You may not know the name Homer Laughlin, a china factory in Newell, W. Va., but you’ll likely recognize — or have eaten off of — its most famous product: brightly colored, informal pottery called Fiesta.

While most of America’s china factories have closed, unable to compete with “made in China” or Japan or Mexico, Homer Laughlin, which set up shop on the banks of the Ohio River in 1873, is still going strong. It employs about 1,000 people.

Linda Wertheimer takes us into the depths of the factory — which feels like a relic from a different time — to show us how Fiesta has kept this company going.

Photos/GIFs by Ross Mantle for NPR


You haven’t experienced “BIG” until you are in a dry dock with a finished aircraft carrier. One year ago, Newport News Shipbuilding was getting ready to flood the dry dock where Gerald R. Ford (CVN 78) was constructed. Here are eight previously unpublished photos of the ship right before the flooding of the dry dock on Oct. 11, 2013. [Photos by John Whalen and Chris Oxley]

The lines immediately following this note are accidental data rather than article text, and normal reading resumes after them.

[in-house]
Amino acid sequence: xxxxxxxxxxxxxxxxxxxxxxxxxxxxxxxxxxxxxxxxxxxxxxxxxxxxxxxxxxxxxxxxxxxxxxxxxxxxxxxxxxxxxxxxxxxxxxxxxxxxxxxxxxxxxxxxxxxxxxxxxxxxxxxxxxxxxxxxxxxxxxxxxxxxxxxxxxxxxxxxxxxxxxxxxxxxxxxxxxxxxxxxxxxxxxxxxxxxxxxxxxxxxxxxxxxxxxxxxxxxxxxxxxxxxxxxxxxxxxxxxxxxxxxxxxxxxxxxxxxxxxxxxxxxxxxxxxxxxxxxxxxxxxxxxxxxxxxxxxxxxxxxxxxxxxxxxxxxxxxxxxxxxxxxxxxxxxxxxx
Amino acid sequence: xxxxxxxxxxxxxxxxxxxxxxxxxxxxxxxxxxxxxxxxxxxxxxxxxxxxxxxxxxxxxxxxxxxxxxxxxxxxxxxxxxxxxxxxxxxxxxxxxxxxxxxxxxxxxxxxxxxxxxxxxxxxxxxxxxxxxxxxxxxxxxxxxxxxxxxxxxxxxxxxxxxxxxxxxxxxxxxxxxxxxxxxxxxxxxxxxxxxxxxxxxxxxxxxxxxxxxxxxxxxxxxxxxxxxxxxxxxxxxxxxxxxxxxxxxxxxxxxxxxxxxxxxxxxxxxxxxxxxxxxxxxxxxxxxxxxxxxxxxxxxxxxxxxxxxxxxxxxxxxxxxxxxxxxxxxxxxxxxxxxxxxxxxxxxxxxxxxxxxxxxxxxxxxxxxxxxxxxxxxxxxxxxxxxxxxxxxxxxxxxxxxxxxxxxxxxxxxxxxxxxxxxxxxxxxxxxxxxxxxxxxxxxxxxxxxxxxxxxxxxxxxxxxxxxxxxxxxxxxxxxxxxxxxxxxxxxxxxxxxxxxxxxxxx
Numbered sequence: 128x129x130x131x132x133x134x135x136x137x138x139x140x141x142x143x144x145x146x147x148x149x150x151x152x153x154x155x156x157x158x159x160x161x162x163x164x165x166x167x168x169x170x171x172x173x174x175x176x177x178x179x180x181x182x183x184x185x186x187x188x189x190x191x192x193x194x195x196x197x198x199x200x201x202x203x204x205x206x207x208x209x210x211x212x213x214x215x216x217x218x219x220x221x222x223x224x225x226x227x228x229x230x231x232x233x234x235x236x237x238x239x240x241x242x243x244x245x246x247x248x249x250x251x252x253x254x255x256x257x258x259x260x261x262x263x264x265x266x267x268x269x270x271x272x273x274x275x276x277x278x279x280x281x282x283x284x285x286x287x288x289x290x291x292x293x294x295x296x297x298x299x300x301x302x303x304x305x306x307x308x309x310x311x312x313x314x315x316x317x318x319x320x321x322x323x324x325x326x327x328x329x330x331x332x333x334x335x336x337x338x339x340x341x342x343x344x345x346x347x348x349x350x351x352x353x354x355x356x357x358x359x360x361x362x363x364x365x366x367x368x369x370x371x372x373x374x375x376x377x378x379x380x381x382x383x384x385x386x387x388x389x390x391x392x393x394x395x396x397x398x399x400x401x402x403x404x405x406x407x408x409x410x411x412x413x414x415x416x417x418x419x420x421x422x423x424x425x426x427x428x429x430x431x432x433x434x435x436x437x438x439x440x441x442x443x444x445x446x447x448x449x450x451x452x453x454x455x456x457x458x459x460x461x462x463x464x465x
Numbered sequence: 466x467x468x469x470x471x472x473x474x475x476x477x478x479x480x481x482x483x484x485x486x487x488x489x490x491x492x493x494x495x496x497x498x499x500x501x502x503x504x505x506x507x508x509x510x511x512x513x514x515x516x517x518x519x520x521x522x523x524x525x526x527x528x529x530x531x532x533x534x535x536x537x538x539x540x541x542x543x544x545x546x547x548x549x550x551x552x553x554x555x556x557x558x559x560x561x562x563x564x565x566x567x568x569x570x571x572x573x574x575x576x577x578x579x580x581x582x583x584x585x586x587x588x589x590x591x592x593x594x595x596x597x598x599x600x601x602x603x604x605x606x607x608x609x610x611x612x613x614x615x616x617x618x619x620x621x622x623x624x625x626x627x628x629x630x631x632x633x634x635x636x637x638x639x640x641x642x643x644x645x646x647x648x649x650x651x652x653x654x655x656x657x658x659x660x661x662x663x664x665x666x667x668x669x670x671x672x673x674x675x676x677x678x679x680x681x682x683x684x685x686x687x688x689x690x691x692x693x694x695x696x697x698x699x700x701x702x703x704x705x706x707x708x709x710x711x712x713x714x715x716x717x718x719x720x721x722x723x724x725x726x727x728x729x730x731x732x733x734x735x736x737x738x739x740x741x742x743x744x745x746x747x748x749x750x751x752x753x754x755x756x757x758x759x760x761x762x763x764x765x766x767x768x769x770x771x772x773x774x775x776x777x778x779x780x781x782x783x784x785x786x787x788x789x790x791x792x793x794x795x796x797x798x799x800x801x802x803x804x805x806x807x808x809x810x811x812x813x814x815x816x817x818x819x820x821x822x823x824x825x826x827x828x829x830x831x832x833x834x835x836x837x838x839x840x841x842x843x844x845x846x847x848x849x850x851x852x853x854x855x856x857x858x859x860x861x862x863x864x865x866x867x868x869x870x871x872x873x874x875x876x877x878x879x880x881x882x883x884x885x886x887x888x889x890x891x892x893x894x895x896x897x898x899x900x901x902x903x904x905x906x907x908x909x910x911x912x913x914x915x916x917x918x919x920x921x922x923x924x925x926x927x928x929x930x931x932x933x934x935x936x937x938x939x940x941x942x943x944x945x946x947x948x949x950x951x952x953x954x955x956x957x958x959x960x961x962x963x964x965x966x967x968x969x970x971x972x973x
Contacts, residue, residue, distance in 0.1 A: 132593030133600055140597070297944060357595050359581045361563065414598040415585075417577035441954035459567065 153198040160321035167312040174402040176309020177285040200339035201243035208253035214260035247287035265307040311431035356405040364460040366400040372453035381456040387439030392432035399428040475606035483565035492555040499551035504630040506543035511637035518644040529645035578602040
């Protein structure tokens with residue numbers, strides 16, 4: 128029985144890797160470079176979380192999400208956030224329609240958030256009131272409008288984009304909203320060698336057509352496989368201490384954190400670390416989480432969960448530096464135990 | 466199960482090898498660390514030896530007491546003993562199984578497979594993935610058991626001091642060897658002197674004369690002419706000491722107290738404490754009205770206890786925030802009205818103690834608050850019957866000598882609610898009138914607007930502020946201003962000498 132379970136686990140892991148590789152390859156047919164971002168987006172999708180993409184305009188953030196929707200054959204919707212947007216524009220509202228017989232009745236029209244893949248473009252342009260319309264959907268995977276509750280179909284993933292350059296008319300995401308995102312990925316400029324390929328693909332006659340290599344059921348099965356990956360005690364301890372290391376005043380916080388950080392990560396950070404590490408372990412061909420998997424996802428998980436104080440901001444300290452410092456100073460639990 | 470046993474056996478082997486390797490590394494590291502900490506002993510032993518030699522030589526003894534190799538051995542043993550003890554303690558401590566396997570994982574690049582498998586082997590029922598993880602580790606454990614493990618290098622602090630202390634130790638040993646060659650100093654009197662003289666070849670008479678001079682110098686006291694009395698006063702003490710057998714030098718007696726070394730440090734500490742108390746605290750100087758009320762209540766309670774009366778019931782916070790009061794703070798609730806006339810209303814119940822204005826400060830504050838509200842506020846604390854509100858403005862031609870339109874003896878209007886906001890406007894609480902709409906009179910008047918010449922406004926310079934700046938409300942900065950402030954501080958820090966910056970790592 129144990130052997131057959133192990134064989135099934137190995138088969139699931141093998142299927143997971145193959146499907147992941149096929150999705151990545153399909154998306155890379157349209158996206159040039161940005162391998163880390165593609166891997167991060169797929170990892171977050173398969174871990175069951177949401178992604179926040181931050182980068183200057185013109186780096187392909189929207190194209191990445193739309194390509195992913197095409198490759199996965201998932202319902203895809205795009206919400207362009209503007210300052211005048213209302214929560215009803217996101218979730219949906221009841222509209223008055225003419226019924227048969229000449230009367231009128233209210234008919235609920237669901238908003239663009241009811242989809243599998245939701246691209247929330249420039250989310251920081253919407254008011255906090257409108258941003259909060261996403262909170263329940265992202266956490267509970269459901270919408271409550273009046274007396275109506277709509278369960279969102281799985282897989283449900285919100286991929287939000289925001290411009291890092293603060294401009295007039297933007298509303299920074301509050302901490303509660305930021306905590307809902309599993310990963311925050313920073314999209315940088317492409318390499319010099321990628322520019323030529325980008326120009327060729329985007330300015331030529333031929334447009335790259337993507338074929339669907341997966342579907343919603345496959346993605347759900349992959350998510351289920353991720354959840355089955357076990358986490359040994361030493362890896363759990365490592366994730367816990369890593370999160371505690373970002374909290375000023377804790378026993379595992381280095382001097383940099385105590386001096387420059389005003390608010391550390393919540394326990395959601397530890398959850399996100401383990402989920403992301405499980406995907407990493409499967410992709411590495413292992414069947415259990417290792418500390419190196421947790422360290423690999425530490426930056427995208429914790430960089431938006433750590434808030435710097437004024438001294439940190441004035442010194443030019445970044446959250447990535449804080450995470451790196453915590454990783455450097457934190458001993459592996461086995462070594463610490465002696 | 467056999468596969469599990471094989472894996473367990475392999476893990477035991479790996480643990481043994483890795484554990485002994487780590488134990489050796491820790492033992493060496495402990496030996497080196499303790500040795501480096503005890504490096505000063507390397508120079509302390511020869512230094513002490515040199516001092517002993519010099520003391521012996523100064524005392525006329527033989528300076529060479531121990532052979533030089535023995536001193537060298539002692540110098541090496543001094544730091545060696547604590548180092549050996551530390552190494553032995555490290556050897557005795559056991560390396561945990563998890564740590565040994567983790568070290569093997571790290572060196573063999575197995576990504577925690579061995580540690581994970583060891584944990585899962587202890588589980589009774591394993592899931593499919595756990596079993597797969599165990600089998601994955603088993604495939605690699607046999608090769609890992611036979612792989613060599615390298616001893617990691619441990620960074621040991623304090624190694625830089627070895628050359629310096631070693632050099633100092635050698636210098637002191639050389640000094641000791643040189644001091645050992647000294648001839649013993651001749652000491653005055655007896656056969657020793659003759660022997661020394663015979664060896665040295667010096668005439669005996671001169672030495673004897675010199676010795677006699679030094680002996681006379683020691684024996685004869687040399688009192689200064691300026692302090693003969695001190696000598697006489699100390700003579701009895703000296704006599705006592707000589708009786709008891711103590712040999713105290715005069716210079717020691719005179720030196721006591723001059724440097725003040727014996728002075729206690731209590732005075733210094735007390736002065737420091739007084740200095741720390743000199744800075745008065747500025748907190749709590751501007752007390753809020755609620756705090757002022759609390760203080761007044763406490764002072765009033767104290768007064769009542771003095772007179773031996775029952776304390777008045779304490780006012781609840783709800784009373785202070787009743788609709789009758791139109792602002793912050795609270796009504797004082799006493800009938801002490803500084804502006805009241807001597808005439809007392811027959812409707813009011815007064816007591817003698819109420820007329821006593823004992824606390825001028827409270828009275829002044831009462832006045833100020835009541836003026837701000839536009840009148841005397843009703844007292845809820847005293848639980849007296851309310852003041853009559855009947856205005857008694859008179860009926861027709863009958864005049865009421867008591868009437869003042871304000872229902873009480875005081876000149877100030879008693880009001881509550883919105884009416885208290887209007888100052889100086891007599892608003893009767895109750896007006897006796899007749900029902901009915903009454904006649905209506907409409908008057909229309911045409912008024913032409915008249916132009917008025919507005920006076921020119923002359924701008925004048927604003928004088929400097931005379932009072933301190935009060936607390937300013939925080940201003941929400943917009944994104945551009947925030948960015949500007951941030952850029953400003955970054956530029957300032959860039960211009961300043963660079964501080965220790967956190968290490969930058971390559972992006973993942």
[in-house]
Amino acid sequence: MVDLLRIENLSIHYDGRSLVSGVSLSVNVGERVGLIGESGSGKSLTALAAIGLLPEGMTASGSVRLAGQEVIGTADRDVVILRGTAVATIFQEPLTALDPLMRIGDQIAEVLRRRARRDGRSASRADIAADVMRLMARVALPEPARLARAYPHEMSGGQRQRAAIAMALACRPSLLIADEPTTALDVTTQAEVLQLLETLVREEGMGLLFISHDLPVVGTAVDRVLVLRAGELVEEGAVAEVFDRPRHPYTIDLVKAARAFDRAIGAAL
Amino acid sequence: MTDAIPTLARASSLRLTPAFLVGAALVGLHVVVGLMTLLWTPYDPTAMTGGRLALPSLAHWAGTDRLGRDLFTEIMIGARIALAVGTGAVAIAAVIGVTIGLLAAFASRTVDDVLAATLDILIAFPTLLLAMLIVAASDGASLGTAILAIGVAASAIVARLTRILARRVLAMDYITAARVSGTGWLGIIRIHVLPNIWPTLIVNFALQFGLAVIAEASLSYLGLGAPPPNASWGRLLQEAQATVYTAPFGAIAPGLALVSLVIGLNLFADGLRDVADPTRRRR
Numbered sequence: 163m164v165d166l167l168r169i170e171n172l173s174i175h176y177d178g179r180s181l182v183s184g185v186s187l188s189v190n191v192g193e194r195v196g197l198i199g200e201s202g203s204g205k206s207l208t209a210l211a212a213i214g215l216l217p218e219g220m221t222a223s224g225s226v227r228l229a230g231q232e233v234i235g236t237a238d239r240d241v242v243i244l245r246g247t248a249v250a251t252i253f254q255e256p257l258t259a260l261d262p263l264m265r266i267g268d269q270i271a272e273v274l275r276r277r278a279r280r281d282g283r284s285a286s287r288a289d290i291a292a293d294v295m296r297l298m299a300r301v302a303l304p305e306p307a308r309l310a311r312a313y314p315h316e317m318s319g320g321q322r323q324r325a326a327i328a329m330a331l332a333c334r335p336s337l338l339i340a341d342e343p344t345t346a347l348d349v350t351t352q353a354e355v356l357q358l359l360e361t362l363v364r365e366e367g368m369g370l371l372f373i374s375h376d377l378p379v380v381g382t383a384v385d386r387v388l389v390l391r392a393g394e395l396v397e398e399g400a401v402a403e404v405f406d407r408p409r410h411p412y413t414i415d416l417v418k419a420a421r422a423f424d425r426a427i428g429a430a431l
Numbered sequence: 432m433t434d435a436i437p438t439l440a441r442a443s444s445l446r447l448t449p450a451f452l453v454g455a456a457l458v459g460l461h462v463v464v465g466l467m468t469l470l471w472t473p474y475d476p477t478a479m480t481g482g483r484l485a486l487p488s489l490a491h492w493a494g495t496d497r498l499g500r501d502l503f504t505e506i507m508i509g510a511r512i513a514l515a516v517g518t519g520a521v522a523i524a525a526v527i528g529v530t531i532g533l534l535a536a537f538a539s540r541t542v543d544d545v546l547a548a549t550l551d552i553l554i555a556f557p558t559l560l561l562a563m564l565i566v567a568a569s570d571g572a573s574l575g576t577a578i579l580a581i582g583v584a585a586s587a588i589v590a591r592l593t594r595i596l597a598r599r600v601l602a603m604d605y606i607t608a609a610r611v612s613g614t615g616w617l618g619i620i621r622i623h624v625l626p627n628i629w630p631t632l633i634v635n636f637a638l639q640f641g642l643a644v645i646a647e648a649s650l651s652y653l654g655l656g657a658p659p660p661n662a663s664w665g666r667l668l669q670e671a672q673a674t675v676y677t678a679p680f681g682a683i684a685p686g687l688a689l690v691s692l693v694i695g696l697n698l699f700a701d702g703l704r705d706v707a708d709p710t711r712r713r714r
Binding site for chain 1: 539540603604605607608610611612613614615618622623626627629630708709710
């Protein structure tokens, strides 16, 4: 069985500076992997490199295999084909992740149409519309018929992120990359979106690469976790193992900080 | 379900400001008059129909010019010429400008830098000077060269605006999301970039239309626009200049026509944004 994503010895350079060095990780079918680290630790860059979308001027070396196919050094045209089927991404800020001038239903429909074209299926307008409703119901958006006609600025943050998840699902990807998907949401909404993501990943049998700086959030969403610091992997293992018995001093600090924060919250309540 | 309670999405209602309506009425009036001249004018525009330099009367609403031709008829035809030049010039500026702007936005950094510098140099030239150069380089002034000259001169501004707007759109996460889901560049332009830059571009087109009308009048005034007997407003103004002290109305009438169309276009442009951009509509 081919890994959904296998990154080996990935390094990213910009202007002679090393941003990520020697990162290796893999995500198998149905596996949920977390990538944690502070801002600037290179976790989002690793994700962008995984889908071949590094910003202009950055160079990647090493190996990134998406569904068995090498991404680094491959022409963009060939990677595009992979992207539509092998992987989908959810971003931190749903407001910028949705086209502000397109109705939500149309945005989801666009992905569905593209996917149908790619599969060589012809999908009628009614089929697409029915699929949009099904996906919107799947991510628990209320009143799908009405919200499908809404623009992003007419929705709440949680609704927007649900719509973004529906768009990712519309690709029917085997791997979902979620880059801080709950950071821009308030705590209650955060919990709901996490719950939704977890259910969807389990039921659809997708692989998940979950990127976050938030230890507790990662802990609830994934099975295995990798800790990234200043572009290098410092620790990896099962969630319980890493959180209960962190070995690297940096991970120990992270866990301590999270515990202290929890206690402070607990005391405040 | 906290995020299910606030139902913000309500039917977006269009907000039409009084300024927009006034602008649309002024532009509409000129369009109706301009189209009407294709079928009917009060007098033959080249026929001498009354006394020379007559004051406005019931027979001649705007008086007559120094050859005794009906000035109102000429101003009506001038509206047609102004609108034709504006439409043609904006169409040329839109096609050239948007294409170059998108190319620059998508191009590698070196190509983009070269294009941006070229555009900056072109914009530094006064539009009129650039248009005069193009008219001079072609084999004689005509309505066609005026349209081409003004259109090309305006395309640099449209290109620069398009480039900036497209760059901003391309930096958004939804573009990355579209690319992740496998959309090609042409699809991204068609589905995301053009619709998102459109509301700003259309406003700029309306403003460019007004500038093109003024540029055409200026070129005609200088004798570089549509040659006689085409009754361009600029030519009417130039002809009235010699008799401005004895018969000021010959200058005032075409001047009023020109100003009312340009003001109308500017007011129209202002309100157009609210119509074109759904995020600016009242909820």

Several years ago, South Carolina had a problem: a shortage of skilled workers and no good way to train young people for the workforce. So at a time when apprenticeship programs were in decline in the U.S., the state started a program called Apprenticeship Carolina.

"We were really, really squarely well-positioned at the bottom," says Brad Neese, the program’s director.

From the beginning, South Carolina took apprenticeship beyond the building trades — that’s the traditional route for apprentices — to fields like nursing, pharmacy and IT. As the number of apprenticeship programs has fallen nationwide, it has taken off in South Carolina.

In South Carolina, A Program That Makes Apprenticeships Work

Photo credit: Mike Belleme for NPR

How to Make Rubber


Vulcanization is the process by which natural rubber, tapped from trees, is transformed into a malleable product that is more durable and flexible. Vulcanization itself is named after the Roman fire god, Vulcan, which correctly suggests that the main bulk of this process heating. However, since heating the rubber itself is not sufficient, curatives and/or accelerators are needed to further change the chemical properties.